Design and Technology staff and students at Royal Wootton Bassett Academy have been using cutting-edge techniques to manufacture face-visors and other forms of Personal Protection Equipment (PPE) for NHS frontline staff.
Key stage coordinators Sarah Day and Steph Payne put out a request on the school’s social media page for volunteers to help, and were delighted by the response.
“Like everyone, we at Royal Wootton Bassett Academy are very grateful for what frontline workers are doing, and wanted to contribute something tangible to support them,” said Steph Payne.
“With our design and engineering knowledge, we felt that this was a perfect way of doing so.”
Using a Computer Aided Design supplied by model kit supplier Kitronik, and using the faculty’s state of the art laser cutter, the teachers have been able to produce face masks, while D and T colleagues Gemma Revell and Sarah Vaughan have produced scrub bags for NHS staff to safely store their clothing after each shift. This means clothing can be transported home for washing in order to greatly reduce the risk of contamination.
The staff have also been joined by current and past students in the bid to help protect NHS staff.
Year 11 engineering student Alfie Jones, of West Swindon, has put some of his time in lockdown to use printing 3D tension relief bands for the guards for masks from home. These bands prevent the user’s skin and ears becoming sore during use.
“I spent last year’s birthday money on a 3D printer, because it looked cool, but I stopped using it after a while because there didn’t seem any point to just printing stuff out,” said Alfie, who is planning to go to Royal Wootton Bassett Academy sixth form to do maths and computer science, and then on to a career in engineering.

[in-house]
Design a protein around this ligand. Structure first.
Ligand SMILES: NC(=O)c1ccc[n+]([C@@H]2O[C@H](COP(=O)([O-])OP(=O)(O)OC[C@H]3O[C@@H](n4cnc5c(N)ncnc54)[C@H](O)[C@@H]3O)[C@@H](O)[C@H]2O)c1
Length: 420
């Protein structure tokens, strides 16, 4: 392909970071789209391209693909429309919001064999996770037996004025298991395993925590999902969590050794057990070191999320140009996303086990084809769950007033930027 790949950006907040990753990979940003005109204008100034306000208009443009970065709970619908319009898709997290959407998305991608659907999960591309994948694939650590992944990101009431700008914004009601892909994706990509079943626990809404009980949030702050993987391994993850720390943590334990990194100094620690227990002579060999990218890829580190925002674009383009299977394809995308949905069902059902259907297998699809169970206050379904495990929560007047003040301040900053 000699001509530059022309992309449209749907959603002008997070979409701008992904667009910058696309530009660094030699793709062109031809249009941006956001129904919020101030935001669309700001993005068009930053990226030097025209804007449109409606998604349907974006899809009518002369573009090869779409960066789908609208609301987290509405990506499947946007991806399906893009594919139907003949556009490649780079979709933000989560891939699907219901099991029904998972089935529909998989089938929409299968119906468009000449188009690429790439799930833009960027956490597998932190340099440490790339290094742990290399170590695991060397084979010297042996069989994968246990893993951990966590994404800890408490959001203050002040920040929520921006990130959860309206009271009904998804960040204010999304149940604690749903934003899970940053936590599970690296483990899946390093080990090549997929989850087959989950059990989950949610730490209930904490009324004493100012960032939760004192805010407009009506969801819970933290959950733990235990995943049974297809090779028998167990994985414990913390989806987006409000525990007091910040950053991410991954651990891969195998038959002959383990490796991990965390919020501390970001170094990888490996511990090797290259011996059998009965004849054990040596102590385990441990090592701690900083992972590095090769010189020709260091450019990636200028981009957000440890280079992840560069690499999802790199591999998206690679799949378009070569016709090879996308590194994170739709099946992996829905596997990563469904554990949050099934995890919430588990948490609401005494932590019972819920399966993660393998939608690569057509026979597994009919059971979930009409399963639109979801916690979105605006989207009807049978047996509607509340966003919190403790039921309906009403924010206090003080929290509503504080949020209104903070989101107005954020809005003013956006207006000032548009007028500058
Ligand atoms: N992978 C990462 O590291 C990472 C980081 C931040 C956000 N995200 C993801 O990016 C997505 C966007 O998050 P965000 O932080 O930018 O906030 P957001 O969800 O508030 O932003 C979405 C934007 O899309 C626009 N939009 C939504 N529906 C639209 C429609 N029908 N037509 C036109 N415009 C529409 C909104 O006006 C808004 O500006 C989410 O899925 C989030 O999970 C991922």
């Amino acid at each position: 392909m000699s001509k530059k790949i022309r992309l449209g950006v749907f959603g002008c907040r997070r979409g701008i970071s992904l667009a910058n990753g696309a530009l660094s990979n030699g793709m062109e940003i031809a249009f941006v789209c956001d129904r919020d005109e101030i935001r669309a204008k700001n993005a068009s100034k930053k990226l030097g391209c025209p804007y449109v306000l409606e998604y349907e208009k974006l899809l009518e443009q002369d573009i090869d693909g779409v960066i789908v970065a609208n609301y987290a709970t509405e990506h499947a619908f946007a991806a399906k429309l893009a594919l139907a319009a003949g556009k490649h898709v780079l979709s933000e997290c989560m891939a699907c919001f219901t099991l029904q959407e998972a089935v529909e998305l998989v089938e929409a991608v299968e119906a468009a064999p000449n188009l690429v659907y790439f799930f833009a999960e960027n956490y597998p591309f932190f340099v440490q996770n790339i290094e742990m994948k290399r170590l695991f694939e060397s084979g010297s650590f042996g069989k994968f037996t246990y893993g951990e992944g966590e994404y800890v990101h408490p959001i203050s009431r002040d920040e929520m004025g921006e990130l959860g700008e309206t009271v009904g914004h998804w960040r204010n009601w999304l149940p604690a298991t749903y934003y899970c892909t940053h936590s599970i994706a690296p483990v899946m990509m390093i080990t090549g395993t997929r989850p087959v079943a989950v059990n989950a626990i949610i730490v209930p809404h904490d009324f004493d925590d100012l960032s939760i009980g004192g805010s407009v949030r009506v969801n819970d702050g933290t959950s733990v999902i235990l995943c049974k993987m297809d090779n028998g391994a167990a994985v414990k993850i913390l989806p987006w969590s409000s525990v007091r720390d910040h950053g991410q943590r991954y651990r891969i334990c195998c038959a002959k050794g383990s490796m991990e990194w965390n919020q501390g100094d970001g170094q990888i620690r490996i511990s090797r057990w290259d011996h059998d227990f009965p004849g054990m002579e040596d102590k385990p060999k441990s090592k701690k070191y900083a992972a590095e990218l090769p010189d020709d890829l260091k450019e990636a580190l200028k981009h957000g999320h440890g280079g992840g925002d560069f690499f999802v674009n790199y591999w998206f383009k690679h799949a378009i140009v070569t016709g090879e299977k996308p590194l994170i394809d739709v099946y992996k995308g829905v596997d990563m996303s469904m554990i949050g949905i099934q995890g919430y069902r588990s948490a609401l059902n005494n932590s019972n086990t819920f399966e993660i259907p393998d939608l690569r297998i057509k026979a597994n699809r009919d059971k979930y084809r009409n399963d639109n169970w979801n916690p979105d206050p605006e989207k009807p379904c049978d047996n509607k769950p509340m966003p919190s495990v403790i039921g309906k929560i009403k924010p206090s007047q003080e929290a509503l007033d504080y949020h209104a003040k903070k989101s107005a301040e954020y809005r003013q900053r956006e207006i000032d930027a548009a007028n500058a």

“But when I heard about what the D and T department were doing, now there seemed a real purpose to it. I already had the material at home, and went online to find templates and put it into my software, made the adjustments needed, and sent it to the printer. The PLA plastic I’m using is flexible and recyclable, and the printer is running 24 hours, and on the first day I ran off 30 bands.
“I dropped the first batch off at the school and they were taken to GWH that afternoon. It’s good to know that I can put the 3D printer to a really practical use to help front line staff in the NHS.”
Ex-Royal Wootton Bassett Academy engineering student Callum Bradley, 20, who is now a service engineer in Andover, has used his 3D printing skills to produce the release bands for the face masks using his own personal resources.
“I saw a post by Steph Payne that said what the school were doing, and I had a 3D computer and material of my own at home, so I decided to contribute,” said Callum.
“I’ve got the capacity to make hundreds of units. I took engineering at GCSE, and it felt good to be able to give back to the Swindon and Royal Wootton Bassett community. I’ve got family members working in the NHS, and although our contribution is just a drop in the ocean, each drop can make a real difference to the individuals receiving the equipment.”
Sarah Day and Steph Payne say this highlights the essential role that engineering plays in the modern world.
“Engineering contributes hugely to solving real-world problems, whilst helping individuals to develop their own team work and logistical skills,” said Sarah Day.
“We hope this inspires the next generation of engineers by showing that what we do now can have a profound impact on how we live our lives in the present and into the future.”
Pictured above: Alfie Jones a year 11 student at Royal Wootton Bassett Academy with his 3D printed tension relief bands.